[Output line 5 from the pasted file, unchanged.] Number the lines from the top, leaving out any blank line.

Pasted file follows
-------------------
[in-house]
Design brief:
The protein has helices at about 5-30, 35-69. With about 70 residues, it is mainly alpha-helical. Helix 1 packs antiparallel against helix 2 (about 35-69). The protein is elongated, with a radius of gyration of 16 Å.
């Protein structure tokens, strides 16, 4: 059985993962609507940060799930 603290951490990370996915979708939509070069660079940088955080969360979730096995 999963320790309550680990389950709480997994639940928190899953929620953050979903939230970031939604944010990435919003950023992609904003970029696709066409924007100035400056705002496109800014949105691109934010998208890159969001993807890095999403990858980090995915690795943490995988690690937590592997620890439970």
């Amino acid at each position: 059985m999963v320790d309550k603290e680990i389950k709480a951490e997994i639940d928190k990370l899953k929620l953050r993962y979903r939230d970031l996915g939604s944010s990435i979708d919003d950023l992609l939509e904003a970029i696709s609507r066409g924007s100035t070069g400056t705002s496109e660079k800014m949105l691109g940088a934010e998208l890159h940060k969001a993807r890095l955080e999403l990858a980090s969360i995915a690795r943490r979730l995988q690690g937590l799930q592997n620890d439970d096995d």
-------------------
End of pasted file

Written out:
């Amino acid at each position: 059985m999963v320790d309550k603290e680990i389950k709480a951490e997994i639940d928190k990370l899953k929620l953050r993962y979903r939230d970031l996915g939604s944010s990435i979708d919003d950023l992609l939509e904003a970029i696709s609507r066409g924007s100035t070069g400056t705002s496109e660079k800014m949105l691109g940088a934010e998208l890159h940060k969001a993807r890095l955080e999403l990858a980090s969360i995915a690795r943490r979730l995988q690690g937590l799930q592997n620890d439970d096995d």